Life in general can be very tough, especially coming to college and moving out of your comfort zone, even moving to a new state. Or in my case, playing for a whole new team. My name is Beon Riley. I play for the University of Hawaii’s men's basketball team and I’m also a full time student majoring in business management.
My first two years of college were definitely a huge change in my life. I am originally from California, so moving to an island 3,000 miles across the ocean wasn't very easy. Hawaii is much different than any of the states I’ve traveled to, and I began adjusting to new norms and learning more about the beautiful culture. With such a nerve racking change, it’s important to find your passion and to use every opportunity as a lesson. Each day brings new lessons and new accomplishments, and opportunities to learn more about yourself. In this blog, I would like to share some tips for dealing with change and adversity, whether it be for school or life outside of that.
Being a student athlete, you have to manage your time as
well, including rest.I have grown to realize that rest is very important for all of us. Getting the right amount of sleep is dire to productivity throughout the day and clarity and necessary to perform well in your sport. Once I realized how much rest I needed, depending on my workload, I was able to make a habit of getting my work done early so that I could spend more time doing the things that I am passionate about like basketball.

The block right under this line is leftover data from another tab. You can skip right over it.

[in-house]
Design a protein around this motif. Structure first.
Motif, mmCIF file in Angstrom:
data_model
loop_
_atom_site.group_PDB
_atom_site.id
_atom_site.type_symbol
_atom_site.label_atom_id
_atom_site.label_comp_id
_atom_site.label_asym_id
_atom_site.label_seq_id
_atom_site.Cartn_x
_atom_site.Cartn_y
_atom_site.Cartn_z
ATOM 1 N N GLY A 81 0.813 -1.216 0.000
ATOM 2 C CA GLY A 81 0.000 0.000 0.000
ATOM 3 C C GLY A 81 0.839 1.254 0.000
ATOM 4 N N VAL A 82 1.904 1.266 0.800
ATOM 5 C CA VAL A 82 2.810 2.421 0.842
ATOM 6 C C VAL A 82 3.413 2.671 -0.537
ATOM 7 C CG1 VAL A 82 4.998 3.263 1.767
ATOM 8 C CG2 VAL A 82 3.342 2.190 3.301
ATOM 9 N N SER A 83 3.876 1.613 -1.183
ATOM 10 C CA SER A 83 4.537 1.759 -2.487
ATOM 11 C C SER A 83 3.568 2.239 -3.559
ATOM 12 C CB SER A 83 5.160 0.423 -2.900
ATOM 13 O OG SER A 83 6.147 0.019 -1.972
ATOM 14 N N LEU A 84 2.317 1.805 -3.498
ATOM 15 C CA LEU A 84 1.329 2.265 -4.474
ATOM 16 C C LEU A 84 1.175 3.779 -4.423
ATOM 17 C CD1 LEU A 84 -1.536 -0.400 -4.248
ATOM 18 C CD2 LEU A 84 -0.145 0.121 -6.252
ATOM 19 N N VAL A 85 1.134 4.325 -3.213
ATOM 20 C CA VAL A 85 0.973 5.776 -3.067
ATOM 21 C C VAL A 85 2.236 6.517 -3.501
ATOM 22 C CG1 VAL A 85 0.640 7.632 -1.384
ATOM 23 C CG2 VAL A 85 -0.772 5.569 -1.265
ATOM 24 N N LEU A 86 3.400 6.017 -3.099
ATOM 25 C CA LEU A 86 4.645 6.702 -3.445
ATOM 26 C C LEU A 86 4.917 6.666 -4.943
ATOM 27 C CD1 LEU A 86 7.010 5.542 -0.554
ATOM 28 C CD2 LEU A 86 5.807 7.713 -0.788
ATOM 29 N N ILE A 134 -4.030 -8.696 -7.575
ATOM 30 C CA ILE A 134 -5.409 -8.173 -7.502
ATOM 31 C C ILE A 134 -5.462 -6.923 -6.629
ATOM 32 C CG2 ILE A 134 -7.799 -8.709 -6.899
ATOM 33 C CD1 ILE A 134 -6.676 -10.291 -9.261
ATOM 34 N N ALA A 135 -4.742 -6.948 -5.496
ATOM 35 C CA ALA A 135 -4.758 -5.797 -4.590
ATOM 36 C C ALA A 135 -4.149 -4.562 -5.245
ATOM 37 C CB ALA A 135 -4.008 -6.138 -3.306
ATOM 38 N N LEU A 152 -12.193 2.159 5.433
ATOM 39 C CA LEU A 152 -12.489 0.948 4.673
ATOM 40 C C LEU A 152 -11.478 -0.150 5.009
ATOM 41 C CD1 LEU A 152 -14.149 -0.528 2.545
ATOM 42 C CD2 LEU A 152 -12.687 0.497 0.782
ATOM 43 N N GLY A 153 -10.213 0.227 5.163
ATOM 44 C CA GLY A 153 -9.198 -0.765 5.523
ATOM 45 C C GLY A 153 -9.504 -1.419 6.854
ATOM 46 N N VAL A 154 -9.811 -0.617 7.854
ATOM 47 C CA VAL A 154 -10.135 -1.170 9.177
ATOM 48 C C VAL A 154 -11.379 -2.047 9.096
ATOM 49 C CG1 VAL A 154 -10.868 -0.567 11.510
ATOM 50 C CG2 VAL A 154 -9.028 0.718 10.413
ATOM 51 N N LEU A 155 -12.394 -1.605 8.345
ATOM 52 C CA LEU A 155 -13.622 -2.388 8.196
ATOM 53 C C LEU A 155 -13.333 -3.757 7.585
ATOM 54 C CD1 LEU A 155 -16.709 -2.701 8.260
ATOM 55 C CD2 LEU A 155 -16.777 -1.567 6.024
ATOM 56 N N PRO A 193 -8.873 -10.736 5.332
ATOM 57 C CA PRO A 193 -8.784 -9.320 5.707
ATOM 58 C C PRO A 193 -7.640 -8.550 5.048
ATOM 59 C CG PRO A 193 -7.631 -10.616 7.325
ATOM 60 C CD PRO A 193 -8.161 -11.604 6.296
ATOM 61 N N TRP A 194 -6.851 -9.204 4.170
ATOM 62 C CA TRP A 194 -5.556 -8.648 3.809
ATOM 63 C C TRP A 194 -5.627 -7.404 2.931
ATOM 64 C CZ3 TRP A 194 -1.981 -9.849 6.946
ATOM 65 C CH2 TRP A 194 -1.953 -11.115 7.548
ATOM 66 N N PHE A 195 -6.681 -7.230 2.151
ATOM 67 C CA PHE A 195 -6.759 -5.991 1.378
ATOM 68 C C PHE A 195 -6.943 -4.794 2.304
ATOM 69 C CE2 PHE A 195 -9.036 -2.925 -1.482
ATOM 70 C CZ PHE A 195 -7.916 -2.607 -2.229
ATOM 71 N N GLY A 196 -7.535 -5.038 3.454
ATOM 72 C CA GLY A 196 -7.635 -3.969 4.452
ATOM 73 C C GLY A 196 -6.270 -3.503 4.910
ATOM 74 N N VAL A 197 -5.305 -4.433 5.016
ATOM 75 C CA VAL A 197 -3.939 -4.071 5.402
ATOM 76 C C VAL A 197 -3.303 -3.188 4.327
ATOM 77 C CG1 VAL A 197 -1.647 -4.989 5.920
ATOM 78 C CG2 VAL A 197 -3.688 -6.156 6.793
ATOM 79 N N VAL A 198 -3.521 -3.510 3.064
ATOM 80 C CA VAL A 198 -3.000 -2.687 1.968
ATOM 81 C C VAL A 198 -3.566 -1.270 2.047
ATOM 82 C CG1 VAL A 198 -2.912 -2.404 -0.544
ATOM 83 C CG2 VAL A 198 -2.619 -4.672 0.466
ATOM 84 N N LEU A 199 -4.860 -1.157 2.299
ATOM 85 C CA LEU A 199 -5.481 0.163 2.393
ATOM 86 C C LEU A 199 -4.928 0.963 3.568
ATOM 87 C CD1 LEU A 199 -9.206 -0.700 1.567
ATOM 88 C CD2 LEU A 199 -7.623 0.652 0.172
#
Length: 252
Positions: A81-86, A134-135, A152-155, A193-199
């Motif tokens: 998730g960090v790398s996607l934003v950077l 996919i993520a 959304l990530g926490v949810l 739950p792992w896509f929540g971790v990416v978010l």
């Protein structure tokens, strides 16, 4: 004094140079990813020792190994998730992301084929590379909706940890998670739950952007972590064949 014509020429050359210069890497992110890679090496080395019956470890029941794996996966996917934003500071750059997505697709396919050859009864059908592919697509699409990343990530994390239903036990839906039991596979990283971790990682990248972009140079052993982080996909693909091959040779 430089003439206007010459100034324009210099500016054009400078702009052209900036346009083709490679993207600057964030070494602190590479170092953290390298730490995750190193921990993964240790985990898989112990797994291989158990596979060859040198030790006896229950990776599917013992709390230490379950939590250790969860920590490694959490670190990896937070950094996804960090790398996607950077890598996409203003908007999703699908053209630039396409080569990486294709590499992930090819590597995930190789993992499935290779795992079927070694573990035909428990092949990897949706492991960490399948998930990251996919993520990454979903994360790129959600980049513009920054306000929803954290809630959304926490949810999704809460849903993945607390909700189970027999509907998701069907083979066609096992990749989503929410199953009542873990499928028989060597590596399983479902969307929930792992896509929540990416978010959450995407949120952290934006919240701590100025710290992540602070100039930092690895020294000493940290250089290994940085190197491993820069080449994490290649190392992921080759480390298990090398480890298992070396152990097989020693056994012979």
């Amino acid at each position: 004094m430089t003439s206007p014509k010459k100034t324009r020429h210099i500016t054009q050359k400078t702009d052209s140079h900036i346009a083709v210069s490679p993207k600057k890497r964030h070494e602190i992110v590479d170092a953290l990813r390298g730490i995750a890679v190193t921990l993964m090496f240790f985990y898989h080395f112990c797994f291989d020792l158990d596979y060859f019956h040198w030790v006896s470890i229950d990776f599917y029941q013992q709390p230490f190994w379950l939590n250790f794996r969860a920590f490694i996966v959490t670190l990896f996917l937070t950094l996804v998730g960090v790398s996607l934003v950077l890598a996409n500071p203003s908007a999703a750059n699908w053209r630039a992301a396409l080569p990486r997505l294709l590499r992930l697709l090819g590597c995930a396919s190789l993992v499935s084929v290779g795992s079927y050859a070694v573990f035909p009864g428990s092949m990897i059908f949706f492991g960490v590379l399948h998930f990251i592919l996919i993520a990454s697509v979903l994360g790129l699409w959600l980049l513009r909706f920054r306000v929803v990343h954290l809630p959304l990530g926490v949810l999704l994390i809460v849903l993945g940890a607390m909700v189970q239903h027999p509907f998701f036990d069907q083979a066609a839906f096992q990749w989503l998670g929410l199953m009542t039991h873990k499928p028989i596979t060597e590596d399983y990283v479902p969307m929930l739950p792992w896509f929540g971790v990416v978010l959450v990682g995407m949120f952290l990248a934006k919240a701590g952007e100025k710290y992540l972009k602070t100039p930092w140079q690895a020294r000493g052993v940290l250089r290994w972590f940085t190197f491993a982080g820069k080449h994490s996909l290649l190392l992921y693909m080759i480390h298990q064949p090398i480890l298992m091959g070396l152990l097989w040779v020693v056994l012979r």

That brings me to my next tip : sacrifice. Sacrifice was something I learned was very necessary in maturing. Balancing school and basketball, I came to understand that there was always a time and place for fun. Honestly, responsibility is the real word for it. I’m responsible for my time but I’m also responsible for my body. I would say one tip that helped me the most to make the next step from high school athletics to college athletics was monitoring what foods I was putting into my body. If I look at my body as a car, I could either give myself supreme gasoline or just regular 86 gas, but either way, whatever gas I put in my body would determine how my body felt and operated. Everything in the body is connected, so I make sure my body is ready both mentally and physically.
All of the tips shared so far are important to achieve your goals - sacrifice, rest, eating better and drinking a lot of water - but they also help you better yourself. My last tip could be the most difficult, especially if you are competitive like myself. My last tip: self love. I cannot tell you how many times I have felt embarrassed, stressed, or unhappy because of simple things that are out of my control. “Control what you can control”, that good old saying, is something I try to live by everyday. Jump shots are going to be missed, turnovers are going to be made, and people are going to hate, but recognizing that you made a mistake in the moment and being able to move on to the “next play” is something that doesn’t just apply to sports, but other aspects of life. It’s easy to get caught up in the negatives, and it really takes a toll on your body and your mind. It makes your perception of yourself skewed. Realizing that you are human that is going to make mistakes and picking yourself up after is something that will benefit and carry you a long way.
If I could leave with a final word of advice, I would say to never compare yourself to someone else. My favorite rapper, Nipsey Hussle always talks about, “running your own race” and “finding your own pace.” Everyone’s “race” is different. You should focus on your race and yourself. You should be your only competition, and try to be a better version of yourself than you were yesterday.